By now, you have probably read or heard about the benefits of mindfulness. So why haven’t you tried it? You may believe those advantages are too ephemeral (what does “inner peace” even mean?), or assume the process requires way too much work.
Newly published research belies both of those objections. It finds a minimal amount of mindfulness training—12 minutes worth—can lead to immediate, tangible benefits, including reducing the likelihood you will opt to eat unhealthy food.
“Mindful attention keeps strong temptations from developing in the first place,” writes a research team led by Utrecht University psychologist Esther Papies. Specifically, it makes otherwise tempting stimuli seem less attractive, “thereby preventing self-control dilemmas before they become difficult to handle.”
In the Journal of Personality and Social Psychology, Papies and her colleagues describe three experiments showing that mindfulness can curb the motivation to make choices we will later regret. For one of them, 114 university undergraduates in the Netherlands were approached as they were walking into the campus cafeteria.
Under normal circumstances, if you’re itching to have sex, that available person across the room starts looking pretty good. But if you’ve gotten in a detached state of mind, and are able to consciously notice that impulse arise, the magic deflates.
One-third of them took a 12-minute long training course in mindful attention. Using a laptop computer, they viewed a series of photographs, which included images of both healthy and unhealthy food items. They were instructed “to simply observe all their responses” to the imagery, and specifically to notice “how they arise, and possibly dissipate, as passing mental states.”
Another third viewed the same set of images, but were asked to simply look at them “closely, and in a relaxed manner.” The final third did not see the photos. All rated their level of hunger as they entered the cafeteria.
While those who performed the mindfulness exercise consumed roughly the same number of calories as those who did not see the images, they “chose more salads and fewer snacks,” the researchers report. That was also true for those who viewed the images in a relaxed way, but only if they were on a diet.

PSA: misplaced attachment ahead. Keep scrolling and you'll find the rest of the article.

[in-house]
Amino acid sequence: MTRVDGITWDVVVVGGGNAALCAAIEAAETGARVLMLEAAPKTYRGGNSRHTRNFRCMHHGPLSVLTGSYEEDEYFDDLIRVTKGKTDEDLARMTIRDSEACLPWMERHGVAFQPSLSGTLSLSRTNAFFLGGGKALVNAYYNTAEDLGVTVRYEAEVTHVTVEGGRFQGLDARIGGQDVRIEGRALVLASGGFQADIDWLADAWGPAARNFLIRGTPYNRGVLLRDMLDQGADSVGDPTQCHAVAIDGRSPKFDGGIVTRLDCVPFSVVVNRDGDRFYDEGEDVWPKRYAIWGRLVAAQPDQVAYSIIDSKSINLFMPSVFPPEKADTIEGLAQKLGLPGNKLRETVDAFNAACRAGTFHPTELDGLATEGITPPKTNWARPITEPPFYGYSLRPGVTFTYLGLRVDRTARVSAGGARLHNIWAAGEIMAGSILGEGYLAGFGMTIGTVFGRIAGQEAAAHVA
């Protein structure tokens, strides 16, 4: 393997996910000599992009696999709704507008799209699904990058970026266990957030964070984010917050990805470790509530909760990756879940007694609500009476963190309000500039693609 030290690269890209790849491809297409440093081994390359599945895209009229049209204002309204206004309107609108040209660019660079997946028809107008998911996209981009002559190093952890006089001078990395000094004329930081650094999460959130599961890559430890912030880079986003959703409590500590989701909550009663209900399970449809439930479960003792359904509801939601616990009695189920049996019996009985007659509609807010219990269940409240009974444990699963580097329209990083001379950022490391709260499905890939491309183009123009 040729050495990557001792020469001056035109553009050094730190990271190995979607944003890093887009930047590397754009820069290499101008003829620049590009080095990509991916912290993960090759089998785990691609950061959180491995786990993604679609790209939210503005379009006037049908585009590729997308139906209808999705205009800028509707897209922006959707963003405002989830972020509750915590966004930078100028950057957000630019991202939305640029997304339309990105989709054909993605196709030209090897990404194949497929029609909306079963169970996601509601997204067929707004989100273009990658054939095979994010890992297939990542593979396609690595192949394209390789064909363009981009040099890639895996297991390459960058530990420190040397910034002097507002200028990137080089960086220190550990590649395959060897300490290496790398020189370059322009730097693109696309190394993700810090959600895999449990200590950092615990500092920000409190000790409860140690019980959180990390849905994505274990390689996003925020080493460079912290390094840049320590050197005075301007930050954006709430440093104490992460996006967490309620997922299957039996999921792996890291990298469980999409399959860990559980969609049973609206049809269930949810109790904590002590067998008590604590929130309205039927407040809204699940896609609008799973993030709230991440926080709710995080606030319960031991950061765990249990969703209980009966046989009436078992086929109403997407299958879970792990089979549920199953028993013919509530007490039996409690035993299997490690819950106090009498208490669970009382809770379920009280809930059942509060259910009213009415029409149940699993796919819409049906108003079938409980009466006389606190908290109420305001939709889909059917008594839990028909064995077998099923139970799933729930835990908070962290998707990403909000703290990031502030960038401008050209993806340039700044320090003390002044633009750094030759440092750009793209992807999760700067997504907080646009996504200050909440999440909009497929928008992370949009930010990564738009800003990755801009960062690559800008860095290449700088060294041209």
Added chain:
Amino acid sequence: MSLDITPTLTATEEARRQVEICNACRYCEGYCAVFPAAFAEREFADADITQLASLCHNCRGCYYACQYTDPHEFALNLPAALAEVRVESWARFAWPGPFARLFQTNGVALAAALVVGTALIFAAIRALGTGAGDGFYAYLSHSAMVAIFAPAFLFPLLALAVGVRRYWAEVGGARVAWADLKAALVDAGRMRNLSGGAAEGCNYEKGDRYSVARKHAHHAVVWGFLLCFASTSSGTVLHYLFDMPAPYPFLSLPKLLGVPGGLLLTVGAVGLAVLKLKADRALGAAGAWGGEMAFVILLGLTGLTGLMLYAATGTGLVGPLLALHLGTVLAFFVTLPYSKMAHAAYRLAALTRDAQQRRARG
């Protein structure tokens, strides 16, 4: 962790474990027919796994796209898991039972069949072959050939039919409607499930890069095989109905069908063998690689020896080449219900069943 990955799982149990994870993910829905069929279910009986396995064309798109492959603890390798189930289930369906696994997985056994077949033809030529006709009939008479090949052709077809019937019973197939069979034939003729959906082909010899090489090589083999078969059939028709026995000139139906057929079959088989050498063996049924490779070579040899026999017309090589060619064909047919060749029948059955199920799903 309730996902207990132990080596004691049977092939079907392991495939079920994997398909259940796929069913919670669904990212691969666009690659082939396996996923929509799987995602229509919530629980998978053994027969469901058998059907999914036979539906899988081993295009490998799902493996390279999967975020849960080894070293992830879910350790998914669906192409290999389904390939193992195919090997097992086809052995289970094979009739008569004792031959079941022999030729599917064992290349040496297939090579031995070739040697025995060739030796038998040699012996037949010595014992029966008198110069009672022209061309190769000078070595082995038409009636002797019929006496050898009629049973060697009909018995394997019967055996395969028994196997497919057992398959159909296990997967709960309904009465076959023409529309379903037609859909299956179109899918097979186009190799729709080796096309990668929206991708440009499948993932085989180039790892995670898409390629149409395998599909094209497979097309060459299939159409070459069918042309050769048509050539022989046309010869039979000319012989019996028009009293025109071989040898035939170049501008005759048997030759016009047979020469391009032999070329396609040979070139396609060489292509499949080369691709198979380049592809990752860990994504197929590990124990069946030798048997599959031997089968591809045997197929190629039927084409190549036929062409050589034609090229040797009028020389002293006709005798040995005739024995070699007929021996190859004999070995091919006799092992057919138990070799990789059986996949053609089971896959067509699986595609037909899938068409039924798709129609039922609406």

“Mindful attention led to healthier choice patterns among all participants, regardless of their chronic dieting goal,” the researchers note.
Papies and her colleagues found the same dynamic in two laboratory experiments, one of which also focused on food, while the other dealt with sexual attraction. The latter featured 78 heterosexual university students, half of whom were instructed to notice their thoughts and reactions as they looked at photos of members of the opposite sex. The others were asked “to immerse themselves completely” in the images.
All then viewed a new series of photos of members of the opposite sex, and quickly rated each for attractiveness and desirability as a romantic partner. They also answered questions about their sexual histories and attitudes toward casual sex.
The key results: “Mindful attention decoupled participants’ sexual motivation from their behavior toward potential partners by reducing the impact of sexual motivation on perceived attractiveness.”
To put it more simply: Under normal circumstances, if you’re itching to have sex, that available person across the room starts looking pretty good. But if you’ve gotten in a detached state of mind, and are able to consciously notice that impulse arise, the magic deflates. That woman (or man) at the bar no longer looks so special, and the odds of you approaching him or her, and possibly making a bad decision regarding who to become intimate with, are dramatically decreased.
In all these cases, “when participants were instructed and trained to see that their experiences were mere thoughts, constructed by their own minds, the stimuli themselves became less attractive, and resisting them became easier,” the researchers conclude. They also reiterate that “this skill can be activated in a simple, 12-minute training.”
Sure, you’ll probably want to repeat that training more than a few times, until stepping back and observing your thoughts becomes habitual. But this research suggests the advantages can be quite significant. Why berate yourself for making bad choices after the fact when you can tame unwanted impulses ahead of time?